Likewise it would be impossible for every single piece of Huawei’s kit to be picked apart and forensically examined, prior to installation, in order to unequivocally prove that they weren’t a threat. So where do we go from here?

ISC Statement

It is this risk management approach that is key, and what the UK must focus on if it is to safeguard its national security without stifling free trade and innovation. Government must have a proper procedure for assessing the risks – as we have mentioned previously – and also for developing a strategy for managing those risks. Crucially, this should be an integral part of the process, both before and after contracts are awarded, and not merely an afterthought.”

On top of that one of GCHQ’s primary mitigation strategies was to setup the Cyber Security Evaluation Centre (The Cell) to examine Huawei’s equipment. But this facility, which has been staffed by security cleared UK personnel, is also funded entirely by Huawei and is only now approaching full functionality, over seven years after the BT contract was awarded.

But the ISC noted that the benefits of The Cell, and in particular its staffing, do not “outweigh the risks of Huawei effectively policing themselves“. The ISC now wants the National Security Adviser to conduct a substantive review of the effectiveness of the Cell as a “matter of urgency“. It also called for GCHQ to take-over The Cell’s running to prevent concerns “that a Huawei-run Cell is responsible for providing assurance about the security of Huawei products“.

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Mark Jackson
By Mark Jackson
Mark is a professional technology writer, IT consultant and computer engineer from Dorset (England), he is also the founder of ISPreview since 1999 and enjoys analysing the latest telecoms and broadband developments. Find me on Twitter, , Facebook and Linkedin.
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7 Responses
  1. dragoneast

    So if it was referred to Ministers, with no evidence either way, they could have done what, exactly? I know security = paranoia. So where does that get us? Let’s eavesdrop, monitor and intercept communications, and slow everything down until the politicians and their bureaucrats can keep up.

  2. Ignitionnet

    This is silly. A UK provider of equipment could just as easily be bribed to introduce vulnerabilities or do so for their own commercial reasons.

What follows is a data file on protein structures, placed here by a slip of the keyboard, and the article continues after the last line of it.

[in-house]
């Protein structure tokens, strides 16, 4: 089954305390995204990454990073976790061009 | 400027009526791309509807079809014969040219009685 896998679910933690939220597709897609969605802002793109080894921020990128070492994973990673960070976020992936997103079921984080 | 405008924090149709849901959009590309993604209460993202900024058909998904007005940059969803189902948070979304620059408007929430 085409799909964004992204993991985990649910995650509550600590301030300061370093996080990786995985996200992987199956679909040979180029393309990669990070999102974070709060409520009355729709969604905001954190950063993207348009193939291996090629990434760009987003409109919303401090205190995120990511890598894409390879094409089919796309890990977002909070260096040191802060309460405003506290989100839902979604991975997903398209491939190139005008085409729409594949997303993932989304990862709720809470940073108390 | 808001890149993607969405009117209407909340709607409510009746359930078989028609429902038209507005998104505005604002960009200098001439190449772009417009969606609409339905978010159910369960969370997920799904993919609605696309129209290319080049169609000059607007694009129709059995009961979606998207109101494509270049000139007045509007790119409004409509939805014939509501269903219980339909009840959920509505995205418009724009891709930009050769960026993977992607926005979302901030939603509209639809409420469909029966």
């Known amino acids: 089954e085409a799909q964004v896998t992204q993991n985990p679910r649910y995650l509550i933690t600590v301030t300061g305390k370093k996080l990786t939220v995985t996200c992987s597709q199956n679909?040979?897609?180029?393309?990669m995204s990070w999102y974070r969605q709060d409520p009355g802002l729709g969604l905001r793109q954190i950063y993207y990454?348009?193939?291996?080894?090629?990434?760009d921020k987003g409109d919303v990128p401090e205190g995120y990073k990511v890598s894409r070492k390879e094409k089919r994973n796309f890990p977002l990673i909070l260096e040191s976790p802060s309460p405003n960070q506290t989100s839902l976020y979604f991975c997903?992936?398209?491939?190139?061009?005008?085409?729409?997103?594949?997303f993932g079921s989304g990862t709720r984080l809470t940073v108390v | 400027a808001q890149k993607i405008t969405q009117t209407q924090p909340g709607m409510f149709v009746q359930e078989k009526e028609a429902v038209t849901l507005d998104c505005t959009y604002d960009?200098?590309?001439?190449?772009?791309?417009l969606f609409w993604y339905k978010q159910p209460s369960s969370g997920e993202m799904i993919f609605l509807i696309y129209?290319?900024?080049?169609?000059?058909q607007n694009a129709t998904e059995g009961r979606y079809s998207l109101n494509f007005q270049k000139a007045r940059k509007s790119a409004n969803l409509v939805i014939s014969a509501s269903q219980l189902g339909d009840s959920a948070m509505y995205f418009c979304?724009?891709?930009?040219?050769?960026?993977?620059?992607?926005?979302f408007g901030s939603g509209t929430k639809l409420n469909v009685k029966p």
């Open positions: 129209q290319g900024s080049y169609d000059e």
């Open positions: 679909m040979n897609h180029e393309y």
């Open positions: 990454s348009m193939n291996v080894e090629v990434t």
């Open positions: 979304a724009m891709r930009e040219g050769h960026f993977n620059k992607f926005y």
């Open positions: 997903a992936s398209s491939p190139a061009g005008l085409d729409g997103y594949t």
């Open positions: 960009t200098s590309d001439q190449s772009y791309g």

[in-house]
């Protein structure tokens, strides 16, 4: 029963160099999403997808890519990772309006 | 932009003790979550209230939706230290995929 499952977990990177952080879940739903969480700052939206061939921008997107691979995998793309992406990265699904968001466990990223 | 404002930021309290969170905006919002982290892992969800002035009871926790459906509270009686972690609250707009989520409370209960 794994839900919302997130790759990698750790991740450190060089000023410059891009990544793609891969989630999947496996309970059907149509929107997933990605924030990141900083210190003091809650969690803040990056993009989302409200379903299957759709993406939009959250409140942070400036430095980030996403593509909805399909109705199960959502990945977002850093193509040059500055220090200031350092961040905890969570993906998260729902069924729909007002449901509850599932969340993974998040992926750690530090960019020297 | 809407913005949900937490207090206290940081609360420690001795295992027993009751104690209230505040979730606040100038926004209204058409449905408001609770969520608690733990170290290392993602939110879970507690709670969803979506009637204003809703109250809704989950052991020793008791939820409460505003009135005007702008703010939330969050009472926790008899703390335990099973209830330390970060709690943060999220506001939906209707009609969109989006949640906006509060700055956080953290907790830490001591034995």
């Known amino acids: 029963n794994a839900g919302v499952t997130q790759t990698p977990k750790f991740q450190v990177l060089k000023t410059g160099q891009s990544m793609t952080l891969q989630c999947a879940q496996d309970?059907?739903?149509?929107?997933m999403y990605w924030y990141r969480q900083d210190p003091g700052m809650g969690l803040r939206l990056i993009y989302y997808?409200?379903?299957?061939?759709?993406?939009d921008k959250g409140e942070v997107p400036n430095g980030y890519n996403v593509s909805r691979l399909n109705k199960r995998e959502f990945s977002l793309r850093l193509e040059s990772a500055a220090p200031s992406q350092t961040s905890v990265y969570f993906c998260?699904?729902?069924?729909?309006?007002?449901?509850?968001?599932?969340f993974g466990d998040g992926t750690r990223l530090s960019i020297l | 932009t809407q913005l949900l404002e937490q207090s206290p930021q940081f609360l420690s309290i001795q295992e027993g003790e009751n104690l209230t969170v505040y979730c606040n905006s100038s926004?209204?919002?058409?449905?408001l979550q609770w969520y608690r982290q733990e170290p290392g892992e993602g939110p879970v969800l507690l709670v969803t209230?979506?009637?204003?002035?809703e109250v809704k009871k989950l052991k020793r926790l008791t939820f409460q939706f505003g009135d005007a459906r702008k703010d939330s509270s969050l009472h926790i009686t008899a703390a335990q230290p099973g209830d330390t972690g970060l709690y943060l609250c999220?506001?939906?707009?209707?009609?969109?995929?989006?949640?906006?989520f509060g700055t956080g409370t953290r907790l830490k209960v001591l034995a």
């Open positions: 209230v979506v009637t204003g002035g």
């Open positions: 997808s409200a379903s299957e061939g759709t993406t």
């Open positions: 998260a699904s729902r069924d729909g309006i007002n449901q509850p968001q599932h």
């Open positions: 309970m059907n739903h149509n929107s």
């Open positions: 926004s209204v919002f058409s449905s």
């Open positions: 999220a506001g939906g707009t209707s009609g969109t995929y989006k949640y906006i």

Following the same paranoia as the USA.

  3. dragoneast

    It seems anyway that GCHQ (who presumably as the County’s security agency have access to the appropriate expertise) have been satisfied. But no, as usual, the politicians know better than the experts. They don’t. Big heads with nowt between the ears.

  4. cyclope

    Could be that some lobbying is going on, yet another cash for questions case mmm, maybe some greedy MP or MP’s have their noses in the trough again

  5. Nilsatis

    Whatever next a UK government using a foreign governments programe to avoid legal process so to snoop around its own citizens.

  6. keith

    Load of old waffle if they are that concerned they are going to have to ban mobile phones entirely…
    1)Because most are made in China (Including iphones)
    2)The firms huawei, zte etc are some of the biggest here in the UK even the world with mobile phones on various networks often branded by the operator name and then a silly device name (EG Orange San Francisco) all made by them.

    Even more funny Trendnet a USA firm based in California which has had devices made in china also had a major security flaw in some of their gear recently where if you had a web cam anyone could access it. I guess that was ok though as it was a USA firm LOL and the UK powers love to lick presidential ass.

    Once again the Luddites that run things have no clue